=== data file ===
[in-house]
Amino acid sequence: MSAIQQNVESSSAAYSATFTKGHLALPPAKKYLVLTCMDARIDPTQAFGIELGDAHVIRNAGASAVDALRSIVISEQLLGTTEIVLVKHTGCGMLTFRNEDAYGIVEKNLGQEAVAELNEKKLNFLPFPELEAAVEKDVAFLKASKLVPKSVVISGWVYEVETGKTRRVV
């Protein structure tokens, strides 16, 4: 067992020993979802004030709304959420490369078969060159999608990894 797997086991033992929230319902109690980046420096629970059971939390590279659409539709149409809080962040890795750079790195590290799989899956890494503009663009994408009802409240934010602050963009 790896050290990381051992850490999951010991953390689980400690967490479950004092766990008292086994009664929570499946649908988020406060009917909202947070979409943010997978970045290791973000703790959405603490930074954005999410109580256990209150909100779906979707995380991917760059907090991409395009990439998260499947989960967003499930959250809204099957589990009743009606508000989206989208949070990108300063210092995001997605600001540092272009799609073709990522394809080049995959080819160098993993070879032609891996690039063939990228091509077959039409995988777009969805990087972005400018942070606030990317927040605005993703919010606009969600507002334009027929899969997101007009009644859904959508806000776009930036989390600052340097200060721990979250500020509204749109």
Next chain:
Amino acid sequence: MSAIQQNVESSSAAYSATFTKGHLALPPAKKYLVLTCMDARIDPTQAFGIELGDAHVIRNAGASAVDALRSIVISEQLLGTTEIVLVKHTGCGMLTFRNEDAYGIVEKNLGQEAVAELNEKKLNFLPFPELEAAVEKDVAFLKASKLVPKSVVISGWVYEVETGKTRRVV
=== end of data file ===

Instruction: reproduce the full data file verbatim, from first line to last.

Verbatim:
[in-house]
Amino acid sequence: MSAIQQNVESSSAAYSATFTKGHLALPPAKKYLVLTCMDARIDPTQAFGIELGDAHVIRNAGASAVDALRSIVISEQLLGTTEIVLVKHTGCGMLTFRNEDAYGIVEKNLGQEAVAELNEKKLNFLPFPELEAAVEKDVAFLKASKLVPKSVVISGWVYEVETGKTRRVV
């Protein structure tokens, strides 16, 4: 067992020993979802004030709304959420490369078969060159999608990894 797997086991033992929230319902109690980046420096629970059971939390590279659409539709149409809080962040890795750079790195590290799989899956890494503009663009994408009802409240934010602050963009 790896050290990381051992850490999951010991953390689980400690967490479950004092766990008292086994009664929570499946649908988020406060009917909202947070979409943010997978970045290791973000703790959405603490930074954005999410109580256990209150909100779906979707995380991917760059907090991409395009990439998260499947989960967003499930959250809204099957589990009743009606508000989206989208949070990108300063210092995001997605600001540092272009799609073709990522394809080049995959080819160098993993070879032609891996690039063939990228091509077959039409995988777009969805990087972005400018942070606030990317927040605005993703919010606009969600507002334009027929899969997101007009009644859904959508806000776009930036989390600052340097200060721990979250500020509204749109």
Next chain:
Amino acid sequence: MSAIQQNVESSSAAYSATFTKGHLALPPAKKYLVLTCMDARIDPTQAFGIELGDAHVIRNAGASAVDALRSIVISEQLLGTTEIVLVKHTGCGMLTFRNEDAYGIVEKNLGQEAVAELNEKKLNFLPFPELEAAVEKDVAFLKASKLVPKSVVISGWVYEVETGKTRRVV